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Re: Exposing buffer text modifications to Lisp (was: Tree-sitter integra

From: Ihor Radchenko
Subject: Re: Exposing buffer text modifications to Lisp (was: Tree-sitter integration on feature/tree-sitter)
Date: Sat, 18 Jun 2022 16:13:13 +0800

Eli Zaretskii <eliz@gnu.org> writes:

>> Because lots of markers degrade Emacs regex search performance
>> tremendously.
>> See https://list.orgmode.org/orgmode/scedec$2g0$1@ciao.gmane.io/
>> and https://orgmode.org/list/87y21wkdwu.fsf@localhost
> AFAIU, the right fix for this is to fix performance degradation when a
> buffer has many markers, not avoiding the use of markers.
> Here's one conclusion from this discussion that indicates changes
> required to be done in core (other than a low-level modification hook
> for buffer text) to take care of your AST implementation.
> We already have a TODO item for making markers more efficient; any
> takers?

This is trickier than it may appear.
Each element in Org AST has 3-7 markers.
My real-life large org buffer contains ~200k Org syntax elements
(actually more, but not all the elements are ever queried).
So, we are talking about 600k-1.4M markers in buffer if Org AST were to
use markers.

Now, imagine an edit somewhere near the beginning of Org buffer. Such
edit means that Emacs will have to shift positions of nearly all the
markers in the buffer. All the >1M markers. On every

Org parser goes around this issue by updating AST positions on idle and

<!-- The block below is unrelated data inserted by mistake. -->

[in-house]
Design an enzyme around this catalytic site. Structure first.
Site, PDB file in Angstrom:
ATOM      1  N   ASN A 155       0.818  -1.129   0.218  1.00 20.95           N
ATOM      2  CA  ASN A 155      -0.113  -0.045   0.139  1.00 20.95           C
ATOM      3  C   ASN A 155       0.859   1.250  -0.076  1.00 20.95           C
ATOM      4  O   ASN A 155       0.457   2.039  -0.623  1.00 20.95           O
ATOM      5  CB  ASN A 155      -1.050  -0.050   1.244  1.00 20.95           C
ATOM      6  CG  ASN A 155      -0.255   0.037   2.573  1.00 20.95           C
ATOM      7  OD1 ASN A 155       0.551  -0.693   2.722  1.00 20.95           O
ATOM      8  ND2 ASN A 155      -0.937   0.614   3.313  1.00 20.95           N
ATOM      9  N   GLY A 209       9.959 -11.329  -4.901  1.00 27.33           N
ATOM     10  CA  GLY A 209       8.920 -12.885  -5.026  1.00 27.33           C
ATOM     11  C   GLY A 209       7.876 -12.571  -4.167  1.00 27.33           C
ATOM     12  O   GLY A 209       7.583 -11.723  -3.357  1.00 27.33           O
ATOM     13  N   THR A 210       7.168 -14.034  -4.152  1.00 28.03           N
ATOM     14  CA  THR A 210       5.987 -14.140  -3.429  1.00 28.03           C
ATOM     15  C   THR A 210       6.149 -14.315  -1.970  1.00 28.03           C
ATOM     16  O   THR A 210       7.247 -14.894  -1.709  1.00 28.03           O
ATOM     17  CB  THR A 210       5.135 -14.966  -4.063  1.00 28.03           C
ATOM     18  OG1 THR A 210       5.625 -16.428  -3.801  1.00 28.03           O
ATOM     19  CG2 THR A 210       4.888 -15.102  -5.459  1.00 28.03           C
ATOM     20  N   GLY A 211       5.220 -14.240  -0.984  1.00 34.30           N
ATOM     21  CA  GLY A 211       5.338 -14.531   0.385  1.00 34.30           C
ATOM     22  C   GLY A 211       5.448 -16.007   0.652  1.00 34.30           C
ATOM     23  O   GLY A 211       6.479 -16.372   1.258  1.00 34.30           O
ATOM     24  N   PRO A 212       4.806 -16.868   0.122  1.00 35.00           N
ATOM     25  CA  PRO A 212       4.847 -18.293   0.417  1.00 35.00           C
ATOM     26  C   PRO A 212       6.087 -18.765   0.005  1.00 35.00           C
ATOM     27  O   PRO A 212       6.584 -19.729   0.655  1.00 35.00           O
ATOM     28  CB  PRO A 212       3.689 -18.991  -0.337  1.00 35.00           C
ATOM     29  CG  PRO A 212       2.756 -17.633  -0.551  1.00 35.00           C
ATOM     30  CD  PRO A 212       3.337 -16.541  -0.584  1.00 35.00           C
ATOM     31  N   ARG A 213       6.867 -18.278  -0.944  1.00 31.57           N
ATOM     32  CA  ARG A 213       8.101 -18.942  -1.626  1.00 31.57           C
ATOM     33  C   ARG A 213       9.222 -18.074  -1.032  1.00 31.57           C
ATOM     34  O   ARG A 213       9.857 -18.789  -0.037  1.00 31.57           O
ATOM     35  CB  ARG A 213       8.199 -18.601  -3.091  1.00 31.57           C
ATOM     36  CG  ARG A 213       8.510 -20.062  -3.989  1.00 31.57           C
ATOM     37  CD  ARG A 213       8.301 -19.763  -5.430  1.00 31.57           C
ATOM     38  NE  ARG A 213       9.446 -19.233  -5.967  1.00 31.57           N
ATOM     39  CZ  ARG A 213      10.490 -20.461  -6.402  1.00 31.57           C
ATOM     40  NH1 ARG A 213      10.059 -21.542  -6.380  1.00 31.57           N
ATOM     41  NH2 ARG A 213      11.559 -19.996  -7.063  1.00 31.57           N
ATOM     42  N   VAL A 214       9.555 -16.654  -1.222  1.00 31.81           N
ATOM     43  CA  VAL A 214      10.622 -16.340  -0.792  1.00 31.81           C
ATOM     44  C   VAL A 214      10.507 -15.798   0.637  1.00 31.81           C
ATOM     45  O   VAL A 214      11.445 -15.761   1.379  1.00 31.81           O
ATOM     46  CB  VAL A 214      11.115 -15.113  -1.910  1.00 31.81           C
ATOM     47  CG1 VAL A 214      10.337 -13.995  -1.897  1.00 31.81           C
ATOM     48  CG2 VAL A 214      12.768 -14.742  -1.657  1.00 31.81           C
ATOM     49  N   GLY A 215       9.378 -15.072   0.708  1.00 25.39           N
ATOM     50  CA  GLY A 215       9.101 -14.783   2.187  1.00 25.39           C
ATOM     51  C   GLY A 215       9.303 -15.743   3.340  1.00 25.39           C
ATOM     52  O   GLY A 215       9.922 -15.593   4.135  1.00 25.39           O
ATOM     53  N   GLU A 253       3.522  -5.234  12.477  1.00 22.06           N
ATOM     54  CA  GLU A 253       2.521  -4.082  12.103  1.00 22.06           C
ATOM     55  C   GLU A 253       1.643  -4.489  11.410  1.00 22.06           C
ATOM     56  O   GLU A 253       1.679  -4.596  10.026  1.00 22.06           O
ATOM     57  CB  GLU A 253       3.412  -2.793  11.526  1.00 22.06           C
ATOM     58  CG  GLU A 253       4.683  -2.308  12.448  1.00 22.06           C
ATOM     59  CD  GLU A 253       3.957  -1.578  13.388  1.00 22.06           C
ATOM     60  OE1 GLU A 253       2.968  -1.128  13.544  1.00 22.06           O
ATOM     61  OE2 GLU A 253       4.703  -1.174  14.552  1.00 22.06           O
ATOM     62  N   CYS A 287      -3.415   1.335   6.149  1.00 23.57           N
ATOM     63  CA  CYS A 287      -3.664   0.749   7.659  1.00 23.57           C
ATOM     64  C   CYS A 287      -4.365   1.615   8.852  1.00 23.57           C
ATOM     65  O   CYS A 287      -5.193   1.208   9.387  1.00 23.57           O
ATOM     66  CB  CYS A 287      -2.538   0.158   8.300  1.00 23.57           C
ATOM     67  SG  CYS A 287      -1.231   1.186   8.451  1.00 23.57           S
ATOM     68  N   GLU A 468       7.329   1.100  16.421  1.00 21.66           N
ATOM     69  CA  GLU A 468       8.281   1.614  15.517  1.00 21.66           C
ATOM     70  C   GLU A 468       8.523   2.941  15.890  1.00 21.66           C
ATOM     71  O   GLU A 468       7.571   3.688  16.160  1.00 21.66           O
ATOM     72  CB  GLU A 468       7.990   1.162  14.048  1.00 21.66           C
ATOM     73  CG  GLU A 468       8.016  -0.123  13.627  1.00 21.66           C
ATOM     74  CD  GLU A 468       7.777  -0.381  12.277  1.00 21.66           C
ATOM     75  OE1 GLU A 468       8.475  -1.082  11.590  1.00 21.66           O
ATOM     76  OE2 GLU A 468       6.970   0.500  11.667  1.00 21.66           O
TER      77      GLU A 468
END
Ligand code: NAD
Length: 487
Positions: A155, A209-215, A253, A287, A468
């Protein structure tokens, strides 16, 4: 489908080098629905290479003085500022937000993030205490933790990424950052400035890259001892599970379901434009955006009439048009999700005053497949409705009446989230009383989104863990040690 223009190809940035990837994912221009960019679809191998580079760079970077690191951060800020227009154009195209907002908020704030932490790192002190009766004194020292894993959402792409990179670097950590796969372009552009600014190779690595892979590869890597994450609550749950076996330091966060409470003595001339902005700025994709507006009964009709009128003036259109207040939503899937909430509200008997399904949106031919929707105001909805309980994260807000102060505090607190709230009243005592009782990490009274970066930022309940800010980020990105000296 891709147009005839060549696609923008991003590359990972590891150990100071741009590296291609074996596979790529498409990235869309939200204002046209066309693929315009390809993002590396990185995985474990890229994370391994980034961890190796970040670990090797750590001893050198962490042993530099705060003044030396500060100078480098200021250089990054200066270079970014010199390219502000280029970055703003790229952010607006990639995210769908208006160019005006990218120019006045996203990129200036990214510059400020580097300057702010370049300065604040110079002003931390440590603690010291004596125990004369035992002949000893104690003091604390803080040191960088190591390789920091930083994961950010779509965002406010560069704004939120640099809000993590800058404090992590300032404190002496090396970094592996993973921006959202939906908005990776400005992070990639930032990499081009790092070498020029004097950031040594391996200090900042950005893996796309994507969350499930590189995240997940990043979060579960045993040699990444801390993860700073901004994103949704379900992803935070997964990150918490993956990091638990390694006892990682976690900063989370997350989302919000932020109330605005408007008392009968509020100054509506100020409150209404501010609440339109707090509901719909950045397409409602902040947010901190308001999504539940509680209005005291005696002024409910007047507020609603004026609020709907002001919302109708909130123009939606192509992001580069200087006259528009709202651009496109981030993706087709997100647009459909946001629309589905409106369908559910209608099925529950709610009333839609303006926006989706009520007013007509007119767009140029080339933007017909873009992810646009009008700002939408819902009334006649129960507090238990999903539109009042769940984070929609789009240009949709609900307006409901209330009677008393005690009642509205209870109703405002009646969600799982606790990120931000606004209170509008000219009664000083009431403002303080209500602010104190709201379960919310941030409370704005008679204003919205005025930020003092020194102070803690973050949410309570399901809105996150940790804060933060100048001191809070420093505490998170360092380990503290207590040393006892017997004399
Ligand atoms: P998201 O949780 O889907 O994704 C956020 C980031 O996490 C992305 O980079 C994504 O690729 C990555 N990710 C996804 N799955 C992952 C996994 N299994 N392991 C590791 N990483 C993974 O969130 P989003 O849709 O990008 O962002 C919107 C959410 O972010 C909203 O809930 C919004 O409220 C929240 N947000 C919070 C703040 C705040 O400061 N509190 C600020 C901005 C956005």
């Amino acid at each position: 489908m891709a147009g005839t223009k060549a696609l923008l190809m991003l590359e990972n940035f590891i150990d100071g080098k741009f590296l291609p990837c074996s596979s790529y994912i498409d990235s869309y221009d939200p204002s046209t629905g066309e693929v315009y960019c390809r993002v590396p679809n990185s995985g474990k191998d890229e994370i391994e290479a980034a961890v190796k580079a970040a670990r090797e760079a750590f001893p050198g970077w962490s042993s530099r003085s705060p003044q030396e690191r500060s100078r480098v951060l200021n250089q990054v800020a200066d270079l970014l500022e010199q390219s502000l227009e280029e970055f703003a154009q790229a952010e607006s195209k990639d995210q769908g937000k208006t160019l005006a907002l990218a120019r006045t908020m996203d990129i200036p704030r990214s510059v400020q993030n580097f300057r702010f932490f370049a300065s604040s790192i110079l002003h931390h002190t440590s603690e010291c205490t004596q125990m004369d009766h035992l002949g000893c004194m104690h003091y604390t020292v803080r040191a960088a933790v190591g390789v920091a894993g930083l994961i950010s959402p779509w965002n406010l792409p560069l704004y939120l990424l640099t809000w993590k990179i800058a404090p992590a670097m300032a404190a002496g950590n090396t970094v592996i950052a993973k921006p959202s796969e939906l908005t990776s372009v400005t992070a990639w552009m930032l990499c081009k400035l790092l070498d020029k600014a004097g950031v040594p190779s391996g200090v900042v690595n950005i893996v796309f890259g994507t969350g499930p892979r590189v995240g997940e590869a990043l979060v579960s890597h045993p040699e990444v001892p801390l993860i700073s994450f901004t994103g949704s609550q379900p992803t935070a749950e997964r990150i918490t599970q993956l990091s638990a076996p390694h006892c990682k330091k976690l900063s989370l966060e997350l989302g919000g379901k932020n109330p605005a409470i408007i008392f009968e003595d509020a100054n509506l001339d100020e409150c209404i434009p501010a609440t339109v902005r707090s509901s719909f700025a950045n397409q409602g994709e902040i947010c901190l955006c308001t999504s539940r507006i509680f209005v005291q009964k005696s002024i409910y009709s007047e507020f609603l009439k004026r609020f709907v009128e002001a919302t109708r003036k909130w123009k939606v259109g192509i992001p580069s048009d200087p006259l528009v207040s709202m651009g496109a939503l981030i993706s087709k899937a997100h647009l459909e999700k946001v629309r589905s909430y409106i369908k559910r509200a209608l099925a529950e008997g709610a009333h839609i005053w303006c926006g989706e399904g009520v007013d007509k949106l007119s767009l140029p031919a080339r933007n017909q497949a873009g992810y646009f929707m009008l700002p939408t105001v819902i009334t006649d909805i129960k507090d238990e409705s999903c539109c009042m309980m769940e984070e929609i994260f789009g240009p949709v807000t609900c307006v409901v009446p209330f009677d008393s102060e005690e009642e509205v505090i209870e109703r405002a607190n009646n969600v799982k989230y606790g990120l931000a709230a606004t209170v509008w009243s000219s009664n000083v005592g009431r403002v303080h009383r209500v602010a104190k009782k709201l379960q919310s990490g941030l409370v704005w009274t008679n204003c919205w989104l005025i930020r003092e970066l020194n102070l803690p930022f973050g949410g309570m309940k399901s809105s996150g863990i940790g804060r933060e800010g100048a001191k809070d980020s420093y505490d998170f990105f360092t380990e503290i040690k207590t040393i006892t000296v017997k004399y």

maintaining asynchronous request queue. This works relatively well
because AST queries are skewed to be near the buffer region being
edited. I am not sure if similar approach (not trivial to start with)
can be efficiently utilized by Emacs. IDK the typical marker access
pattern in Emacs core.

Probably, Emacs may need to implement an alternative data structure to
store markers and allow efficient batch-shifting of the markers. Again,
not trivial.

>> The situation is third-party code doing bloody murder with
>> (with-silent-modifications
>>  (insert "Some text not triggering modification hooks))
>> Another scenario is modifying text in indirect buffers created with
>> make-indirect-buffer. (where there is no chance to install
>> before/after-change-functions via clone-indirect-buffer-hook).
> In at least the latter case the idea for a proper solution was
> outlined by Stefan.

I haven't read through his email carefully yet. A quick response is that
I have seen a lot of code in the wild that simply uses
make-indirect-buffer. Expecting compliance is unreliable in practice. (I
may need to think more about this though)


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